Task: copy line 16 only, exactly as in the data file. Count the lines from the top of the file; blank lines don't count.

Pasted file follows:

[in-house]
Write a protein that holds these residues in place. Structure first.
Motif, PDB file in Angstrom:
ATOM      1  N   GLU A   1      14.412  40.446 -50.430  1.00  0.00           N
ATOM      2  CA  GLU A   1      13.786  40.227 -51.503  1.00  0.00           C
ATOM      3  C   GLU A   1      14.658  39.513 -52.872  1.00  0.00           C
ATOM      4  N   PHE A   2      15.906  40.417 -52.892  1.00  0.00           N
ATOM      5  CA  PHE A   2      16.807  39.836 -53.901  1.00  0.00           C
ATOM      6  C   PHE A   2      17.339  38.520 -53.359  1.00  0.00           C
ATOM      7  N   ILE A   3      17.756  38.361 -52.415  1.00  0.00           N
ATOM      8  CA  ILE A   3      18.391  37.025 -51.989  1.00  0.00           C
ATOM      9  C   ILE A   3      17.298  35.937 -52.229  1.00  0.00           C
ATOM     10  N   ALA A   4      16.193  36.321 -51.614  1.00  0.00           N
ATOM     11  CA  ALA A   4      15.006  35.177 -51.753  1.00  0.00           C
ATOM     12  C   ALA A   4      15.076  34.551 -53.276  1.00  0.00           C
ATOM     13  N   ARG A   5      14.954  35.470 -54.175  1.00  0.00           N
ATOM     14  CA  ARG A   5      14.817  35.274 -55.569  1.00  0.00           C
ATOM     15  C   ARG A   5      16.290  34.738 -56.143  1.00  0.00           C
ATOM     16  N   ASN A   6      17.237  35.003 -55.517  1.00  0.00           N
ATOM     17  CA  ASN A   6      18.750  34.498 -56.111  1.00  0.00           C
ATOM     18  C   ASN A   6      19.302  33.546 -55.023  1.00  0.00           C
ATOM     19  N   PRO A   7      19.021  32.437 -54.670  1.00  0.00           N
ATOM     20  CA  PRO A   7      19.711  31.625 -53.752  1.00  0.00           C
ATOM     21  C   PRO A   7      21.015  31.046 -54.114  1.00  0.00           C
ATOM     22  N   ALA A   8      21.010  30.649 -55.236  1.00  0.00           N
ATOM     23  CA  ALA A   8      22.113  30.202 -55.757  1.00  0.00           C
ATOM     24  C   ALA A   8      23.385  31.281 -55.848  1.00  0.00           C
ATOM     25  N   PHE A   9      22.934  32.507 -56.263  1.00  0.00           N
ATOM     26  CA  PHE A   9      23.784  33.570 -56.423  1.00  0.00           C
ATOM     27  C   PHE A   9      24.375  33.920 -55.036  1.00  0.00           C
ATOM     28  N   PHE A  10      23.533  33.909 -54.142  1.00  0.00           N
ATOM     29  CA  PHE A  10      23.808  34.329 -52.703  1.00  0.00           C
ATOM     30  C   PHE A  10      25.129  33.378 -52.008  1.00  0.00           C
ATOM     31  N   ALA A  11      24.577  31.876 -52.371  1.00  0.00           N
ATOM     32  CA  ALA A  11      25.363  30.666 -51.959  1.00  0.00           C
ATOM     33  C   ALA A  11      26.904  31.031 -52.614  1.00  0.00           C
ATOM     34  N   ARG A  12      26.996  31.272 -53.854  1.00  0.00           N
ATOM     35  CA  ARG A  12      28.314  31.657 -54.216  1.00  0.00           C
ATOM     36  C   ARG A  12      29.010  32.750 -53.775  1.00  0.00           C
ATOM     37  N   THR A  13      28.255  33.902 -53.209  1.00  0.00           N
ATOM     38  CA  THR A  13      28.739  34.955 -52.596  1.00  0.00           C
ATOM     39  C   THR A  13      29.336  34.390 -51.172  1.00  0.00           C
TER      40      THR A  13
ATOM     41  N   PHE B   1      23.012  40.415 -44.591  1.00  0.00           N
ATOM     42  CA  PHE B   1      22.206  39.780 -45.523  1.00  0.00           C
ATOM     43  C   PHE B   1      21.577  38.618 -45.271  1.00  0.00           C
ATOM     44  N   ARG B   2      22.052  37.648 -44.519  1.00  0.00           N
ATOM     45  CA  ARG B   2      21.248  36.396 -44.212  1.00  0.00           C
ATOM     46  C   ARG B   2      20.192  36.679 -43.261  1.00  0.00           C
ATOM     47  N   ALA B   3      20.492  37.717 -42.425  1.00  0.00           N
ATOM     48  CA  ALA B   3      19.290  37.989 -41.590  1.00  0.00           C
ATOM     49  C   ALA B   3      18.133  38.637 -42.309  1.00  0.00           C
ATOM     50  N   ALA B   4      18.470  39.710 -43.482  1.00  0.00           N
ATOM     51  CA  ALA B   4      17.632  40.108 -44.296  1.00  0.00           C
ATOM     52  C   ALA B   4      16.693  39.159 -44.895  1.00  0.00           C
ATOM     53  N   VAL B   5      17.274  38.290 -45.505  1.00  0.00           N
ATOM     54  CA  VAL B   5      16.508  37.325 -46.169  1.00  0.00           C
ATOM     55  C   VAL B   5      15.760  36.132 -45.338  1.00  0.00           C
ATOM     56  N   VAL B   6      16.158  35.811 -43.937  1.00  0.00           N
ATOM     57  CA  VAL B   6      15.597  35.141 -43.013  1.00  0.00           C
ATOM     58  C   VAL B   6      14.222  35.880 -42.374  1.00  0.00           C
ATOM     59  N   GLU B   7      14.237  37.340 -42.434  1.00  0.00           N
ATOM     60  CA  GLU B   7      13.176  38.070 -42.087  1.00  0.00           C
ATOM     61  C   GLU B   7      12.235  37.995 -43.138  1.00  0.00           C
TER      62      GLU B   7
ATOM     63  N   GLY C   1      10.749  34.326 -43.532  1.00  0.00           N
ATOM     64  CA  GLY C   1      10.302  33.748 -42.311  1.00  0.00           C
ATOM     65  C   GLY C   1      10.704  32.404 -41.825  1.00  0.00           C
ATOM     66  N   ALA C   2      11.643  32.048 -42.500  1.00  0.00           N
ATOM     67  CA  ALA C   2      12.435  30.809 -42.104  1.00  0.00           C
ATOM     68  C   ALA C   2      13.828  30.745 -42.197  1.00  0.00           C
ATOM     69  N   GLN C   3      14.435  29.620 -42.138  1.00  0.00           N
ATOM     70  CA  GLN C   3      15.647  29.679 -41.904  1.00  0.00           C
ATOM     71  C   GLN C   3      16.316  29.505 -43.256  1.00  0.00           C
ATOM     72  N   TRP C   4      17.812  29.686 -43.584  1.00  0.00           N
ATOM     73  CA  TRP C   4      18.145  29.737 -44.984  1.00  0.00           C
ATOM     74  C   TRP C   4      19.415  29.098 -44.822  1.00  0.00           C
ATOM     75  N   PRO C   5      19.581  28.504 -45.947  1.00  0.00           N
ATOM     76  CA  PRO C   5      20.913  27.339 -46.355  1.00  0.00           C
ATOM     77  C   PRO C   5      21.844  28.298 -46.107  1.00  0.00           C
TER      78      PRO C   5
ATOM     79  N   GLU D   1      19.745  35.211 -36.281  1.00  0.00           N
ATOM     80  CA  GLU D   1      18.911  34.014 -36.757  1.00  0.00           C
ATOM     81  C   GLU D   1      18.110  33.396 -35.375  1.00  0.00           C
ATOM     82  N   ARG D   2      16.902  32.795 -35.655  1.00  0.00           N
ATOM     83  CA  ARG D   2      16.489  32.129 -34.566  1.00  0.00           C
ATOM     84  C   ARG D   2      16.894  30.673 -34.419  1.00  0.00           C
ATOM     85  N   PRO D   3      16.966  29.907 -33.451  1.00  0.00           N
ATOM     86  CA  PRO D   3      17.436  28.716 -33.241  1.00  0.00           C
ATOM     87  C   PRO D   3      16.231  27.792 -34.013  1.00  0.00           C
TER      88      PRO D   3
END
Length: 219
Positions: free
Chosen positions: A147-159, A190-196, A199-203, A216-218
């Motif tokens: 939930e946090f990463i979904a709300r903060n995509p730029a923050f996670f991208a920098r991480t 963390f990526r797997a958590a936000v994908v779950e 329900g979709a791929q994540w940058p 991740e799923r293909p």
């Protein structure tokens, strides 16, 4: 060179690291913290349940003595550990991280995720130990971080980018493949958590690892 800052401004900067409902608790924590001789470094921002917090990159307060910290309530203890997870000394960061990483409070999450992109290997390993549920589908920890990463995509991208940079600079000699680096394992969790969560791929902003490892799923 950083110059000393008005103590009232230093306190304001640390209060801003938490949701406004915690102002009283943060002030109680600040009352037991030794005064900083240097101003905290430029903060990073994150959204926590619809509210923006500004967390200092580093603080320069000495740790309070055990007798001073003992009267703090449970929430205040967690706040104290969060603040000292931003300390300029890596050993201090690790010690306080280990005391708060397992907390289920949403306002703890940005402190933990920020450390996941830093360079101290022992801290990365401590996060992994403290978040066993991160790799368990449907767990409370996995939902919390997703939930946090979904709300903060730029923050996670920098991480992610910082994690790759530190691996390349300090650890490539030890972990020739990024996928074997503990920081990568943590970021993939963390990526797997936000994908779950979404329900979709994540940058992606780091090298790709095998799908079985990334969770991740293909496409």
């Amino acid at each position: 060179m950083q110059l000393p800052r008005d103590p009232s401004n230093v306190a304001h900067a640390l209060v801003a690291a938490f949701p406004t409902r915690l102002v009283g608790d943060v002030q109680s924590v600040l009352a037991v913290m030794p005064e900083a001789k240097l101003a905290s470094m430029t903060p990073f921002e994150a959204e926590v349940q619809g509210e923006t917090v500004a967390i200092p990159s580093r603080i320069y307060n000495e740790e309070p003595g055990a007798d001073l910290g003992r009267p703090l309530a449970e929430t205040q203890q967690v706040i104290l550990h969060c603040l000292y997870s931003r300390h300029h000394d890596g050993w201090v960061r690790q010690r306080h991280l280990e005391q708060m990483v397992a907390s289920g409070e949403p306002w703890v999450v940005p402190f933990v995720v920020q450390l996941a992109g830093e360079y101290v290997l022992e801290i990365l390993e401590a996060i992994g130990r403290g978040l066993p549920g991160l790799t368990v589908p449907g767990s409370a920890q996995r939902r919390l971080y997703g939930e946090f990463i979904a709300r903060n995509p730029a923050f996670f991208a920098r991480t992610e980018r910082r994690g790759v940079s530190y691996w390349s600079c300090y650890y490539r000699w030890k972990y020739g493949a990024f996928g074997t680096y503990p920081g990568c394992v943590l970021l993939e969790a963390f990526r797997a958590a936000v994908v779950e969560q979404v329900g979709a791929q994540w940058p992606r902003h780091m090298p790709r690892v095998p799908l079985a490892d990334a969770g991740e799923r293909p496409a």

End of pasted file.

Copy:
ATOM     13  N   ARG A   5      14.954  35.470 -54.175  1.00  0.00           N